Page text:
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T. Scheetz, T. A. Braun, T. L. Casavant, V. C. Sheffield, E. M. Stone; Correlation of Gene Expression in Retinitis Pigmentosa and Bardet-Bieldl Syndrome. Invest. Ophthalmol. Vis. Sci. 2007;48(13):2336.
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The purpose of this research was to develop a strategy for identifying candidate genes for genetically heterogeneous diseases based upon correlation of gene expression.
The Pearson correlation coefficient (r2) was used to identify genes with correlated patterns of expression to known disease-causing genes. Multiple publicly available gene expression data sets for human, mouse and rat were analyzed including an experiment that analyzed the expression using the eyes of 120 rats recently published by our group. Performance was measured by the ability to accurately prioritize the known disease-causing genes for the 11 known Bardet-Biedl Syndrome genes and the 33 known retinitis pigmentosa genes. Specifically, we assessed the enrichment of the top 1% of genes (roughly 300, depending on microarray platform) correlated to list of known disease genes. When assessing the known genes, self-correlations (e.g., NRL to NRL) were excluded, making the results a conservative estimate of our ability to identify correlated genes.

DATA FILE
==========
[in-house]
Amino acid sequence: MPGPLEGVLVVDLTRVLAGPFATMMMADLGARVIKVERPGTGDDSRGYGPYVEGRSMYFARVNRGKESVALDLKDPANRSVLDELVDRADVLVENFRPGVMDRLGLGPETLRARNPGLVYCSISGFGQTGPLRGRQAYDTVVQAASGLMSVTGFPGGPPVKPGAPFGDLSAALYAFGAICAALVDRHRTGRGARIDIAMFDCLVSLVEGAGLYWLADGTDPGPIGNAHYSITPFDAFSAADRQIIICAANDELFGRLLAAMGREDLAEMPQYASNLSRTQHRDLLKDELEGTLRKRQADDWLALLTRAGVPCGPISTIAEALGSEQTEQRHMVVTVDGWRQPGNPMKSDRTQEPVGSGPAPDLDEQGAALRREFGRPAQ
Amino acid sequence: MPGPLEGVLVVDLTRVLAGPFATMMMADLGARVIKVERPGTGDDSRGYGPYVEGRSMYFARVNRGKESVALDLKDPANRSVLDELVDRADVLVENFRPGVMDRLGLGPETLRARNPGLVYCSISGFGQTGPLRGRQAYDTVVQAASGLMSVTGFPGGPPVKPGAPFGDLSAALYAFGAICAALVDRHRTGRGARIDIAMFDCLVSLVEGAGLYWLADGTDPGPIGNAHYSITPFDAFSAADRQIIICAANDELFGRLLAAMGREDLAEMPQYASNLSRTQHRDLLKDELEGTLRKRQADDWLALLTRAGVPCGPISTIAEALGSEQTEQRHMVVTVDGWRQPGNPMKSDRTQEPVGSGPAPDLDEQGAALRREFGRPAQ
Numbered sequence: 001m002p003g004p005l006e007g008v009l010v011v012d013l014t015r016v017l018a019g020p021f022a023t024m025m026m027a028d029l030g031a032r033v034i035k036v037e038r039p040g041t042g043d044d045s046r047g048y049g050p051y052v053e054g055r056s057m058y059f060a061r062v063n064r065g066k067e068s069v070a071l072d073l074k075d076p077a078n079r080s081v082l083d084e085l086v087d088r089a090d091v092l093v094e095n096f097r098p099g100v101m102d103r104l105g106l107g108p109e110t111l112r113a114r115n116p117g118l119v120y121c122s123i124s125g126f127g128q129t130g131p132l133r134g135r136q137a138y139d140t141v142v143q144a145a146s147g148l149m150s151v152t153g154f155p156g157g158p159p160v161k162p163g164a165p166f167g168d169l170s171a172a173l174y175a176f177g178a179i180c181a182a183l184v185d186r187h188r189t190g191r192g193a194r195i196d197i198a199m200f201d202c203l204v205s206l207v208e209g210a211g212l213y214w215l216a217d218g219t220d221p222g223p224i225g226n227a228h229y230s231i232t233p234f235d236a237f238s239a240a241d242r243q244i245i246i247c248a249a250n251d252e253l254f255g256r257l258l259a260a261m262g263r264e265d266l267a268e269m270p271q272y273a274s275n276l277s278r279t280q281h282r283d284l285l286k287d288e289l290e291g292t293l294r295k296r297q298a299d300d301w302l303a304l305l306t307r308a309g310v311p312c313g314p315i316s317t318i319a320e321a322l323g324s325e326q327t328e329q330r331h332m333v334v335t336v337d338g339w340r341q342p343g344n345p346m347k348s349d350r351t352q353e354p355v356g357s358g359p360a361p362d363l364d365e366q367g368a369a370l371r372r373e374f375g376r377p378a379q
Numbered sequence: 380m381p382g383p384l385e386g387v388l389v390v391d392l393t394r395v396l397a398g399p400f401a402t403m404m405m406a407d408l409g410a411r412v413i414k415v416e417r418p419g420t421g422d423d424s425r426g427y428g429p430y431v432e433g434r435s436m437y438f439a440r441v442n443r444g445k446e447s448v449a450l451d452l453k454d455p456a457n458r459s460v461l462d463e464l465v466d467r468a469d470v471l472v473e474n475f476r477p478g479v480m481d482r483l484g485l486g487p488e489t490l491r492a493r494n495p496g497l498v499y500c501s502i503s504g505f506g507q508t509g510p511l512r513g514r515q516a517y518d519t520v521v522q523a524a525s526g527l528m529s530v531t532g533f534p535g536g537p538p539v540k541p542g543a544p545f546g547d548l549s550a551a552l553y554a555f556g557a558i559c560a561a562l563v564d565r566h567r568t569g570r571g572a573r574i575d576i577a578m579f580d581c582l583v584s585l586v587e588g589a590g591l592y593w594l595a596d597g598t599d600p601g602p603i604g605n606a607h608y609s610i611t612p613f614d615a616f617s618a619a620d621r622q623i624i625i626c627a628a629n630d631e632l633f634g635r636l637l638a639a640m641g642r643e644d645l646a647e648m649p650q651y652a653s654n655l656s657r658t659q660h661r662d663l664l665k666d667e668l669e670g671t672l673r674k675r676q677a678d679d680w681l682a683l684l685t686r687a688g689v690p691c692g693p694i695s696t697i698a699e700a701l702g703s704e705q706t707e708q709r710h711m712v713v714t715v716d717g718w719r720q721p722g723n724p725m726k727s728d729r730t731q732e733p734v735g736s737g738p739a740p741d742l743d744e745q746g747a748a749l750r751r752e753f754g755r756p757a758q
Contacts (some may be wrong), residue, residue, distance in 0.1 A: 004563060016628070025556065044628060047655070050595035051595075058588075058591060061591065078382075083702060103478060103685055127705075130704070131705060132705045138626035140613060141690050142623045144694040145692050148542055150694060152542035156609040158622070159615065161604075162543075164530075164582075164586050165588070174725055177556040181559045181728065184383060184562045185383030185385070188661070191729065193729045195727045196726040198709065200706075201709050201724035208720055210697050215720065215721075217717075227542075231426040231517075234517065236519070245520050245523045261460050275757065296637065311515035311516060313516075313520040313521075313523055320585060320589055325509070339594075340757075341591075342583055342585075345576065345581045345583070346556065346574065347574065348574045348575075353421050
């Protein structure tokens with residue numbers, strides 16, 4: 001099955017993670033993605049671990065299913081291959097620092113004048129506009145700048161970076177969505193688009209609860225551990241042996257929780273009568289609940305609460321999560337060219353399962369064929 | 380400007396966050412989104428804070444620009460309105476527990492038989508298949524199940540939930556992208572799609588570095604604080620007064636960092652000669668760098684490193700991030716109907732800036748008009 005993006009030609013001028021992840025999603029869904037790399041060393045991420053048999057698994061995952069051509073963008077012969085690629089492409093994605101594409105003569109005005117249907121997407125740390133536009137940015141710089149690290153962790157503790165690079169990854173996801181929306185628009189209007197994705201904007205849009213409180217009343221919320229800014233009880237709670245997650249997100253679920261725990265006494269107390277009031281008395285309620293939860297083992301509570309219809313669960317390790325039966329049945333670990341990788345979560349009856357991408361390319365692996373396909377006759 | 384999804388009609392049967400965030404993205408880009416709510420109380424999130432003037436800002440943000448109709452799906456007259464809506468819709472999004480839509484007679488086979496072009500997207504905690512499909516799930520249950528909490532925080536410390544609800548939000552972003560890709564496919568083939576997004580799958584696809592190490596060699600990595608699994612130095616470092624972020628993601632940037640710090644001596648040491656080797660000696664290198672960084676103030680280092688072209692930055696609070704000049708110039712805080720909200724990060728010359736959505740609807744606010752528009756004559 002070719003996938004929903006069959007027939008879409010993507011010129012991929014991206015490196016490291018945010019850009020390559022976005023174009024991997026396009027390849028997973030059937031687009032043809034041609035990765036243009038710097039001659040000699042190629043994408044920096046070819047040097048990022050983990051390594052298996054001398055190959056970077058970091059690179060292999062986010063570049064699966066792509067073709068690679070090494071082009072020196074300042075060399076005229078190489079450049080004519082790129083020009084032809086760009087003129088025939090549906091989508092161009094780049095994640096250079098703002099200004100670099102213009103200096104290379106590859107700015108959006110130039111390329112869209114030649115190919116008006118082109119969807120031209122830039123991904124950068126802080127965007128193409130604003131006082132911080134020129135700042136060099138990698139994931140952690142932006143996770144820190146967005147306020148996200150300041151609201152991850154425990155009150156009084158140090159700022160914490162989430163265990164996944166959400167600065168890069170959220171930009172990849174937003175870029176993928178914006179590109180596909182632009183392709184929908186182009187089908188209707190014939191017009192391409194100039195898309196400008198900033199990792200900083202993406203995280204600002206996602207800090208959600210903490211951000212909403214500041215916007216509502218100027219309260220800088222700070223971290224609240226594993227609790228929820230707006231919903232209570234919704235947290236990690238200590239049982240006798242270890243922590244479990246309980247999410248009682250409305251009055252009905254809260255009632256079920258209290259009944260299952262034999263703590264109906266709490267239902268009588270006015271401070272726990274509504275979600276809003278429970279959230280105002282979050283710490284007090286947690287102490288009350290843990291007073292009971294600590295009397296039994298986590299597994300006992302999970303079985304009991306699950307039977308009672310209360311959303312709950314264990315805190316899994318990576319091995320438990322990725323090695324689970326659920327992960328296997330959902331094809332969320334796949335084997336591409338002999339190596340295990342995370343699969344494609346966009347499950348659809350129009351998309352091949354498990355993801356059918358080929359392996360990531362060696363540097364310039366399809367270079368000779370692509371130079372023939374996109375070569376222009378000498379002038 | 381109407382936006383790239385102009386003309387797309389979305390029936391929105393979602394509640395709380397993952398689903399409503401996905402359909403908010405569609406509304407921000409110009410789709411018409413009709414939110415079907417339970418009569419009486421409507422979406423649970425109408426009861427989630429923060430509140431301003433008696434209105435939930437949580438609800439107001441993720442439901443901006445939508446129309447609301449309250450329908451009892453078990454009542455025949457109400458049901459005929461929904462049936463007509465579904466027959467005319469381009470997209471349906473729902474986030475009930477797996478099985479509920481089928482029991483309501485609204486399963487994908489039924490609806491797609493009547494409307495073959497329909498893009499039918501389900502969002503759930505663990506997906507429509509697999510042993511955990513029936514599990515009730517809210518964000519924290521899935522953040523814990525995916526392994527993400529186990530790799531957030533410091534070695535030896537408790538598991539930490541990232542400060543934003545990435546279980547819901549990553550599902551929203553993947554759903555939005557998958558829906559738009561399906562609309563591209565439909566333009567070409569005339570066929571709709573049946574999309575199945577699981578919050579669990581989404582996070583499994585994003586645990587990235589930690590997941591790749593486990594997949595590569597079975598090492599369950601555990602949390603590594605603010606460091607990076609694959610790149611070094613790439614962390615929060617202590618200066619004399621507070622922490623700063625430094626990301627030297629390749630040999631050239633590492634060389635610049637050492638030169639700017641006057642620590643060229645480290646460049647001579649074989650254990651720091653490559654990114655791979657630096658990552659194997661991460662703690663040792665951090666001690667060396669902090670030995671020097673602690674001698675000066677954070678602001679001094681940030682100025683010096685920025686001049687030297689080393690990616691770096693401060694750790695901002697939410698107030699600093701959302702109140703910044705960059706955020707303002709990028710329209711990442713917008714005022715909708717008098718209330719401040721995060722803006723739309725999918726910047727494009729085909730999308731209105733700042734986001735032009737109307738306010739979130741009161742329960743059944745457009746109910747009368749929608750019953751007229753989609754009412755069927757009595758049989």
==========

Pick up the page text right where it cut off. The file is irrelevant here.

Of the 11 known BBS genes, 4 were present in the most correlated 1% of all genes based upon an initial analysis (p<1e-4). Similarly, based upon correlation of expression from a single experiment, we found that 11 of the 33 RP genes represented in the experiment were found in the top 1% of all genes (p<1e-6). Of particular interest, several of the other genes that are best correlated to the known RP genes lie in intervals previously linked to autosomal recessive RP and represent excellent candidate RP genes.
This procedure will be a useful tool in identifying and prioritizing candidate genes, particularly in genetically heterogeneous diseases.
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